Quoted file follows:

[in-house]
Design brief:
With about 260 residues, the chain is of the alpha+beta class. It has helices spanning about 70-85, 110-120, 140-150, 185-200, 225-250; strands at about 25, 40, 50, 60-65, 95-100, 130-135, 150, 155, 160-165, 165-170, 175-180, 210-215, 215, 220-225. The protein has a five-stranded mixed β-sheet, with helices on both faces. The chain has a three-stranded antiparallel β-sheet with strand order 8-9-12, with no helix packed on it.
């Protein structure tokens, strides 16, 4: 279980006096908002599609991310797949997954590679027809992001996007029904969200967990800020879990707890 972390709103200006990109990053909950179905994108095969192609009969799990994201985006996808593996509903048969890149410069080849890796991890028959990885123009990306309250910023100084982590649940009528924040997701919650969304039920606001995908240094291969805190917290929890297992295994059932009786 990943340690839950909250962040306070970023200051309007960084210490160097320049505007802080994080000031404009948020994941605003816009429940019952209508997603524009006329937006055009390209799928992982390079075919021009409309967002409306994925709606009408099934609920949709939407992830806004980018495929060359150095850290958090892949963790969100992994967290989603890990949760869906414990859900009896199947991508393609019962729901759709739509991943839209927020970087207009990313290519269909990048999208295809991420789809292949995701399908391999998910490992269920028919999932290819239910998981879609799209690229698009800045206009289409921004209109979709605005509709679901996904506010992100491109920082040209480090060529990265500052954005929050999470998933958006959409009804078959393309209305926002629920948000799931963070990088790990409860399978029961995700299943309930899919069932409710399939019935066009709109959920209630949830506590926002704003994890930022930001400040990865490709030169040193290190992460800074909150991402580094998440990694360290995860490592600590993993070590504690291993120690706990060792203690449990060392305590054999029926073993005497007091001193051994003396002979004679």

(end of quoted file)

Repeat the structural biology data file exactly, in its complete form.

[in-house]
Design brief:
With about 260 residues, the chain is of the alpha+beta class. It has helices spanning about 70-85, 110-120, 140-150, 185-200, 225-250; strands at about 25, 40, 50, 60-65, 95-100, 130-135, 150, 155, 160-165, 165-170, 175-180, 210-215, 215, 220-225. The protein has a five-stranded mixed β-sheet, with helices on both faces. The chain has a three-stranded antiparallel β-sheet with strand order 8-9-12, with no helix packed on it.
């Protein structure tokens, strides 16, 4: 279980006096908002599609991310797949997954590679027809992001996007029904969200967990800020879990707890 972390709103200006990109990053909950179905994108095969192609009969799990994201985006996808593996509903048969890149410069080849890796991890028959990885123009990306309250910023100084982590649940009528924040997701919650969304039920606001995908240094291969805190917290929890297992295994059932009786 990943340690839950909250962040306070970023200051309007960084210490160097320049505007802080994080000031404009948020994941605003816009429940019952209508997603524009006329937006055009390209799928992982390079075919021009409309967002409306994925709606009408099934609920949709939407992830806004980018495929060359150095850290958090892949963790969100992994967290989603890990949760869906414990859900009896199947991508393609019962729901759709739509991943839209927020970087207009990313290519269909990048999208295809991420789809292949995701399908391999998910490992269920028919999932290819239910998981879609799209690229698009800045206009289409921004209109979709605005509709679901996904506010992100491109920082040209480090060529990265500052954005929050999470998933958006959409009804078959393309209305926002629920948000799931963070990088790990409860399978029961995700299943309930899919069932409710399939019935066009709109959920209630949830506590926002704003994890930022930001400040990865490709030169040193290190992460800074909150991402580094998440990694360290995860490592600590993993070590504690291993120690706990060792203690449990060392305590054999029926073993005497007091001193051994003396002979004679």